If you’ve been having trouble weaning yourself away from specific apps on your phone, this is something that’s not accidental or unique to you. Companies like Facebook, YouTube, and basically almost any app there are designing their apps to keep you there longer through their UI or design or even incentives. U.S Senator Josh Hawley is now sponsoring a bill that would curb those kinds of business practices and give us all a chance to live a balanced, “normal” life away from our phones.

According to an article on The Verge, the bill is called the Social Media Addiction Reduction Technology Act or the SMART Act. Basically it will tell businesses that they can no longer put features or design that are intentionally keeping people on their platforms. This includes endless scrolling features on Facebook, autoplay feature on YouTube, and Snapstreaks on Snapchat. Things like these have been proven to cause addictive behaviour not just with young people but even with (and sometimes even more so) the adults themselves.

Senator Hawley said that the “innovation” that businesses are bringing to the market aren’t really to create better products but rather they’re using “psychological tricks” to keep people’s attention. Some of the things the bill will bring is to have the accept and decline checkboxes in the same font and the same size so that users can make more informed decisions. It will supposedly prevent companies from manipulative behaviour that is not contributing to our wellbeing.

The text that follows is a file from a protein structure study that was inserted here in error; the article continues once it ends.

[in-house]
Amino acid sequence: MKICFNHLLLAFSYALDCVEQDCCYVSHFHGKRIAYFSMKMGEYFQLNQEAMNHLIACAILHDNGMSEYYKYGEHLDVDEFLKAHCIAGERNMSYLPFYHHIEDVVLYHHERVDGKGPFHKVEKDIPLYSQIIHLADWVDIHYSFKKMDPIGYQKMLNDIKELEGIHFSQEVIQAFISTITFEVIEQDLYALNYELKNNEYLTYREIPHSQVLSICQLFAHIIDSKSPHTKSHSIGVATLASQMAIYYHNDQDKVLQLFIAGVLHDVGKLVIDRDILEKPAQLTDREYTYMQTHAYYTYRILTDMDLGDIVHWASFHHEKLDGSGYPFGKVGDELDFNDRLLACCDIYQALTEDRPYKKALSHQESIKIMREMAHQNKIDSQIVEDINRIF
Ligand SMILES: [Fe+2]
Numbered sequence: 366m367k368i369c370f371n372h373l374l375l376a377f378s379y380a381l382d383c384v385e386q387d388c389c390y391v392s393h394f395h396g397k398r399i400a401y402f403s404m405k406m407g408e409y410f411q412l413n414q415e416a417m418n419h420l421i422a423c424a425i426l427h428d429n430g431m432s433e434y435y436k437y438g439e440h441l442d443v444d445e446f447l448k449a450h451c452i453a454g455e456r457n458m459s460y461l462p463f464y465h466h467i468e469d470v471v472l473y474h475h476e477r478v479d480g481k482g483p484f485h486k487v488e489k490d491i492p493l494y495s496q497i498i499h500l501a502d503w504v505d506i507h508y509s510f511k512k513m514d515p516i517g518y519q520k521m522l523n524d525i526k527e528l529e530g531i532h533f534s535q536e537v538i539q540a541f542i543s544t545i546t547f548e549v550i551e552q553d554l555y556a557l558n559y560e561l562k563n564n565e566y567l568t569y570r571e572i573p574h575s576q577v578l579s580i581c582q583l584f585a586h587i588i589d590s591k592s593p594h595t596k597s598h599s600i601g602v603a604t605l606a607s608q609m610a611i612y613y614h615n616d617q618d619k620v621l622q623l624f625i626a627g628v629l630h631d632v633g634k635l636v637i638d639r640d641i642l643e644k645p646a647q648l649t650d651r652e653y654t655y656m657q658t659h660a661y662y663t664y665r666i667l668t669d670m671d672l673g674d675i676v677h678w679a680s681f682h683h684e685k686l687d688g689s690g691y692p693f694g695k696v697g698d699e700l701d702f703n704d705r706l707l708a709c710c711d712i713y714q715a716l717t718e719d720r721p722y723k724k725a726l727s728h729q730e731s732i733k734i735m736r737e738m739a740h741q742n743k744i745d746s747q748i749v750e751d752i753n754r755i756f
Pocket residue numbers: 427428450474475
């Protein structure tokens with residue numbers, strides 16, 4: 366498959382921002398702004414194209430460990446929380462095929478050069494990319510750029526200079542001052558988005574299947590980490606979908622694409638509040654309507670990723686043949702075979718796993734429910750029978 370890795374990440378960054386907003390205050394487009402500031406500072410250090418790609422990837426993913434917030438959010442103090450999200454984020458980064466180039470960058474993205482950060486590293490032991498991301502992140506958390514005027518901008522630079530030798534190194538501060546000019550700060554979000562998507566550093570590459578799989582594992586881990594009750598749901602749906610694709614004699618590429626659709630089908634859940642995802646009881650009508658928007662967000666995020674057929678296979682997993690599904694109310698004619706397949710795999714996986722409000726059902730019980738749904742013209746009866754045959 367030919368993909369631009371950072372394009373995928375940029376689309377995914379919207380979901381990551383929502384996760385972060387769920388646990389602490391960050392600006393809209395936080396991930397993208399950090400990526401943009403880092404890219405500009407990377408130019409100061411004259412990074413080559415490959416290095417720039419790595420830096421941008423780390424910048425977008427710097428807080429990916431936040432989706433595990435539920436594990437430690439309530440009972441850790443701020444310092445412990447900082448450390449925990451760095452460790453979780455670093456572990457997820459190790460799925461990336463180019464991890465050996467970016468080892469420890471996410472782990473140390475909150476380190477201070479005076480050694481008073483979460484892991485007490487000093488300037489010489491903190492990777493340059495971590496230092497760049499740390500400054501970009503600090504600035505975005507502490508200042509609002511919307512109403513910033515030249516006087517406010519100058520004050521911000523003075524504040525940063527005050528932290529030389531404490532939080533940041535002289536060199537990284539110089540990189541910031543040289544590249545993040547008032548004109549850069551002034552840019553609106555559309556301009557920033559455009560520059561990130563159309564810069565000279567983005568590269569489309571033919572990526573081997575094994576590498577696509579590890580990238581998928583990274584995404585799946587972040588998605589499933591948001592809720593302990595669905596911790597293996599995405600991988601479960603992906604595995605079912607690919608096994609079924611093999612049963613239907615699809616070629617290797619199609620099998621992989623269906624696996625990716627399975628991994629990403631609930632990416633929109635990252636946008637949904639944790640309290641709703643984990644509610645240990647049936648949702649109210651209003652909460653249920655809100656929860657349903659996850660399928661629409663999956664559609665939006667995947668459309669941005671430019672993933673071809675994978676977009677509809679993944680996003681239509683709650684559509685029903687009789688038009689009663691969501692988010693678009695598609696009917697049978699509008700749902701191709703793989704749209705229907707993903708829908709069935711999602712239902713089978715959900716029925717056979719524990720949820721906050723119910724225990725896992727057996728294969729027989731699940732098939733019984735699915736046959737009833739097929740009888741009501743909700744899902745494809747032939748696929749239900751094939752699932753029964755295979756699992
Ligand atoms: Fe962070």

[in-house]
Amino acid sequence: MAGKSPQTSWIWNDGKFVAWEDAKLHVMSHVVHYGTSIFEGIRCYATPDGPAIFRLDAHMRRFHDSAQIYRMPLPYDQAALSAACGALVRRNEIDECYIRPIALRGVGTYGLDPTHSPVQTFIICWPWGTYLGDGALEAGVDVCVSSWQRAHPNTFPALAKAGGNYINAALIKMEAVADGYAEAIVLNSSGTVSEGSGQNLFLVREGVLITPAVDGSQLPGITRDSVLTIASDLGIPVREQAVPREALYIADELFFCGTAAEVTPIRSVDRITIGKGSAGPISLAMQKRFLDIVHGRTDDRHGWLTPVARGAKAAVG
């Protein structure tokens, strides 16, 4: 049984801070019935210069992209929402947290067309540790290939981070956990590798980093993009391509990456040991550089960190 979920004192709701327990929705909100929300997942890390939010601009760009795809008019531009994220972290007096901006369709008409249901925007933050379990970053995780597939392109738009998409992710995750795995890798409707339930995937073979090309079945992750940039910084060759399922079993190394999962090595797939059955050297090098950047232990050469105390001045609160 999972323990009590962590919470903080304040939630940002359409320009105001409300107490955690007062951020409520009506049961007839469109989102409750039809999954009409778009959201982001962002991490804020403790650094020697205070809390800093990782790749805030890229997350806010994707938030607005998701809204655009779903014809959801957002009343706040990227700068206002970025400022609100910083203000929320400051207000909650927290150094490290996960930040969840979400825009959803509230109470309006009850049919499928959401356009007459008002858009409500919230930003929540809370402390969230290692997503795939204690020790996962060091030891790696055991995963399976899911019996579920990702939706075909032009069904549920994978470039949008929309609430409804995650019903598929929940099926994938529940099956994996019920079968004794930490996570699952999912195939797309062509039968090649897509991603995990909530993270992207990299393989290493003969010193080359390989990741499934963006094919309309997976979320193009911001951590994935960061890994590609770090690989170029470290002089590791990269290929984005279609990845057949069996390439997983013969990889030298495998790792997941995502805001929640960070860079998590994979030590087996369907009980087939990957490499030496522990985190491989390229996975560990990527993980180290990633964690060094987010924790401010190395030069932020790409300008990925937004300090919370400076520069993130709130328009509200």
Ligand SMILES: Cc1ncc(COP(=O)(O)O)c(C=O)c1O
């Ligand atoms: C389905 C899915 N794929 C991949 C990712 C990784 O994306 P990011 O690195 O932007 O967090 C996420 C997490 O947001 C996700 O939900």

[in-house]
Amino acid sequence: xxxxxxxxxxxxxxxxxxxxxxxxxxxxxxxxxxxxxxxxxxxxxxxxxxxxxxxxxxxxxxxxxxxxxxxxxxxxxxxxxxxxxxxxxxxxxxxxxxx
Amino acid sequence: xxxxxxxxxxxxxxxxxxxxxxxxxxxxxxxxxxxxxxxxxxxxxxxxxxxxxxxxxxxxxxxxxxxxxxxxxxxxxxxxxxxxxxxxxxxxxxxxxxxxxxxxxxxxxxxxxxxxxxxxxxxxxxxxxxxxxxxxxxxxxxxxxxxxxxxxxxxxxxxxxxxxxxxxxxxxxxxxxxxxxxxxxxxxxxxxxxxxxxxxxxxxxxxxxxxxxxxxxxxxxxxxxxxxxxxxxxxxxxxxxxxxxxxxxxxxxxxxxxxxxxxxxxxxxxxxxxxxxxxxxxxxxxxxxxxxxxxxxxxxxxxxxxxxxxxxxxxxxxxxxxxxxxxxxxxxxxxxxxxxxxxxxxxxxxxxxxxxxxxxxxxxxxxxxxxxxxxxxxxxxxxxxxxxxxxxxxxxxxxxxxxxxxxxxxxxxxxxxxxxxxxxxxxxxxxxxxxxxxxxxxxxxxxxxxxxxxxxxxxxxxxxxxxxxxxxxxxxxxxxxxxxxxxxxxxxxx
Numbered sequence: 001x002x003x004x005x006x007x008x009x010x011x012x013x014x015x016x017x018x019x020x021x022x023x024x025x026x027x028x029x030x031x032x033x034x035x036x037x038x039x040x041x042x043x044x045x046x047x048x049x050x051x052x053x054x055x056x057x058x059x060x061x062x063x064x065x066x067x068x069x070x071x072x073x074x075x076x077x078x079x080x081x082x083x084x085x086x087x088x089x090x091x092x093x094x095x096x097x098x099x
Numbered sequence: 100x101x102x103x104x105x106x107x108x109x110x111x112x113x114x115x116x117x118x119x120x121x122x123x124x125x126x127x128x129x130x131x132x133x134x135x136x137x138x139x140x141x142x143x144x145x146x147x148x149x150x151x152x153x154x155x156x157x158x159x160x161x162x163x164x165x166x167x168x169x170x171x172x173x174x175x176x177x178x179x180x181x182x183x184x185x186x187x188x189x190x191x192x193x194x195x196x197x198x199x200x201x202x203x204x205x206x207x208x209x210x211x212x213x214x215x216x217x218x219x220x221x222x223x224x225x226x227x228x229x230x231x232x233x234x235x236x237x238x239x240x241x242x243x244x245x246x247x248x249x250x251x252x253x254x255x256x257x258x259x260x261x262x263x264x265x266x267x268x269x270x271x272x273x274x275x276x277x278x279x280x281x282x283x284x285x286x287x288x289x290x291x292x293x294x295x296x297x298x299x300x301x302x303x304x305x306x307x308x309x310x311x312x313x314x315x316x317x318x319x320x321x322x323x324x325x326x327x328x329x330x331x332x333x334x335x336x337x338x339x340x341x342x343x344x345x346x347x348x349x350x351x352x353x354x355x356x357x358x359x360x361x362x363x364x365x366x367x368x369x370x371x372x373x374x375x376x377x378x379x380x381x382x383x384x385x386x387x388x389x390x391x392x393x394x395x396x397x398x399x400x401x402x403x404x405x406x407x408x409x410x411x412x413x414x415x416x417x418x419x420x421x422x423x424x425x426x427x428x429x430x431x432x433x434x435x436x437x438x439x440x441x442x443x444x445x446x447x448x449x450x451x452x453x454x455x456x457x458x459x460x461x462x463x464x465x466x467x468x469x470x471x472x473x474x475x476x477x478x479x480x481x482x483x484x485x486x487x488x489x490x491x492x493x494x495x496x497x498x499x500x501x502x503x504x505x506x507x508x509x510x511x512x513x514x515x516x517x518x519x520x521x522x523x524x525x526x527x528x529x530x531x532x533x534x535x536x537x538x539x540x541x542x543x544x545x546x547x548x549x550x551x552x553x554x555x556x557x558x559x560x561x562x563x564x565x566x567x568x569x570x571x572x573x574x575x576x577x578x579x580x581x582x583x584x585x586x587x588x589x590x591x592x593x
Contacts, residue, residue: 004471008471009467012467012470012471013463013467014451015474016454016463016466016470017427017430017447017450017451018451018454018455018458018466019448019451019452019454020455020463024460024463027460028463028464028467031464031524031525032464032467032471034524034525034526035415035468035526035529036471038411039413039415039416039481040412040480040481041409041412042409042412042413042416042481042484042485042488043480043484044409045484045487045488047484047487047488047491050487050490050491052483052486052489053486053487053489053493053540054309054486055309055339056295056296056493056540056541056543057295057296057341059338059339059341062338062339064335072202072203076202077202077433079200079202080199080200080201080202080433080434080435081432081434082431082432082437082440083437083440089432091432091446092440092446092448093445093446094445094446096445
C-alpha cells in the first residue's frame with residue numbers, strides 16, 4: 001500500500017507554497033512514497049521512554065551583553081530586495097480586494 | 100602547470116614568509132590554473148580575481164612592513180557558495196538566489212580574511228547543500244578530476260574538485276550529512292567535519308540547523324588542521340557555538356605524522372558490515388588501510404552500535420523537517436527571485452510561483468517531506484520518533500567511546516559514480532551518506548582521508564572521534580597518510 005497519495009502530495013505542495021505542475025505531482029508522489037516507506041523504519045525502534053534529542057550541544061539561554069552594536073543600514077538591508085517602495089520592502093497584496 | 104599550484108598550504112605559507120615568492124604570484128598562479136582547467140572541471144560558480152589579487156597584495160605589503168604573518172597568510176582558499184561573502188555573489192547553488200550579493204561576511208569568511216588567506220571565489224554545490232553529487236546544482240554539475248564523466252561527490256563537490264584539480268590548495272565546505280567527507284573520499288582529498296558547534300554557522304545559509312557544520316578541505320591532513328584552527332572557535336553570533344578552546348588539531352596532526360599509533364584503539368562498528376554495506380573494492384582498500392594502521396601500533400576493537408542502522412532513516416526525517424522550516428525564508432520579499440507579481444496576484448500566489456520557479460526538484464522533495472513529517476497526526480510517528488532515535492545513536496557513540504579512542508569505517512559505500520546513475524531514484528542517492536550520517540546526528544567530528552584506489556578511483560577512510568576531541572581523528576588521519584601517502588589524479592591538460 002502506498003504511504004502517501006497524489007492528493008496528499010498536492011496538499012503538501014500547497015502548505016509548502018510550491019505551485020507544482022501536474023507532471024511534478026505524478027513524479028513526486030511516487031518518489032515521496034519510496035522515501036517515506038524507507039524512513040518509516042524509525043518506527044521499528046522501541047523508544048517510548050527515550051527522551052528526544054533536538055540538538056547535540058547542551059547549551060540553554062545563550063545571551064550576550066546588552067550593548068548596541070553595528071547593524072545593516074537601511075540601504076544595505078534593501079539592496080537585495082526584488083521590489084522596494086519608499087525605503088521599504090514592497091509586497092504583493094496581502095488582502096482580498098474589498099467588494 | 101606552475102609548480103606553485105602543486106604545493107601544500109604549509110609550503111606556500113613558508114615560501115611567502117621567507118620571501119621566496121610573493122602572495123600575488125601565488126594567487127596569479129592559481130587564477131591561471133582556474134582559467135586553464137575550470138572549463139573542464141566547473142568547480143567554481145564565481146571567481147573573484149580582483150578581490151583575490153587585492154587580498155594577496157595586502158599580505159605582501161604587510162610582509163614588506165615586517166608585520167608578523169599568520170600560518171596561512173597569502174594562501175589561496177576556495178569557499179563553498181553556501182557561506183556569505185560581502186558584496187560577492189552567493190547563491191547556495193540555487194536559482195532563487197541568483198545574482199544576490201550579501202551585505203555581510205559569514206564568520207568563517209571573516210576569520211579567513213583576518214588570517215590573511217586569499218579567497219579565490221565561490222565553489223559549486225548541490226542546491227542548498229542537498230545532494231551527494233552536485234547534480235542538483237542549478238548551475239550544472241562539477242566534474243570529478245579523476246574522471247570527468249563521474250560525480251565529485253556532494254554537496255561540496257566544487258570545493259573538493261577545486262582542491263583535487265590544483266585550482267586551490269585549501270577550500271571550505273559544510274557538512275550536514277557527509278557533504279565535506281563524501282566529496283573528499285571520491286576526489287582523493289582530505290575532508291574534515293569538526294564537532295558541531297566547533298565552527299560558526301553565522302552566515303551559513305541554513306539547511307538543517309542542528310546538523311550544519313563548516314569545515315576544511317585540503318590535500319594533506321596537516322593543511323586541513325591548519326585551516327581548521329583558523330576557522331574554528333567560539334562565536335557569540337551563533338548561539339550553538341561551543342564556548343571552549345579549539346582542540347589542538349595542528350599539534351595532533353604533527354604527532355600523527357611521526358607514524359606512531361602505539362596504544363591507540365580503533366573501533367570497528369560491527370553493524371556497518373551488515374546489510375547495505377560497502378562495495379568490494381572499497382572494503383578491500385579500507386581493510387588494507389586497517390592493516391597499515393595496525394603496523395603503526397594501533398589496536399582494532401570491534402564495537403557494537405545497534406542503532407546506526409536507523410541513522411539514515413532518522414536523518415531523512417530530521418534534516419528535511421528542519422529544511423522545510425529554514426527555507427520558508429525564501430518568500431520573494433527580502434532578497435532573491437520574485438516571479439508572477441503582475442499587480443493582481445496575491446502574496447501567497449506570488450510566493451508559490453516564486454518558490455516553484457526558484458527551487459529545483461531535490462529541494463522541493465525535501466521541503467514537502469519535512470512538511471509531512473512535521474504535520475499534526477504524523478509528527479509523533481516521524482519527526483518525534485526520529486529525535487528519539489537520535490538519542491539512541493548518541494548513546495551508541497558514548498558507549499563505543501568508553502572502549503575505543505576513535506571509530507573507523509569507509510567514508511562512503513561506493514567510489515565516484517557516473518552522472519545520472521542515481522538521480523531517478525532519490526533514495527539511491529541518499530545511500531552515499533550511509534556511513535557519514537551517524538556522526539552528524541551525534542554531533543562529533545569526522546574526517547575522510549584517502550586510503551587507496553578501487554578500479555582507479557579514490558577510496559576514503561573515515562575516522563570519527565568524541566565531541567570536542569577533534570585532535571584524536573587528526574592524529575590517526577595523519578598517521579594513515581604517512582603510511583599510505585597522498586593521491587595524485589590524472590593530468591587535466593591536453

If the bill is approved, the Federal Trade Commission and the Health and Human Services can create similar rules and implement them for three years. But it’s also possible that the U.S Congress can make it into law and make it permanent of course. If that comes to that, social media companies will be required to have tools like app usage tracking across all devices so that they can help users see if they’re spending too much time there.

Google recently introduced the Digital Wellbeing section for Android devices although currently it’s only available for limited devices. Even if the bill isn’t approved, this is something that would be beneficial in the long run for tech companies to have.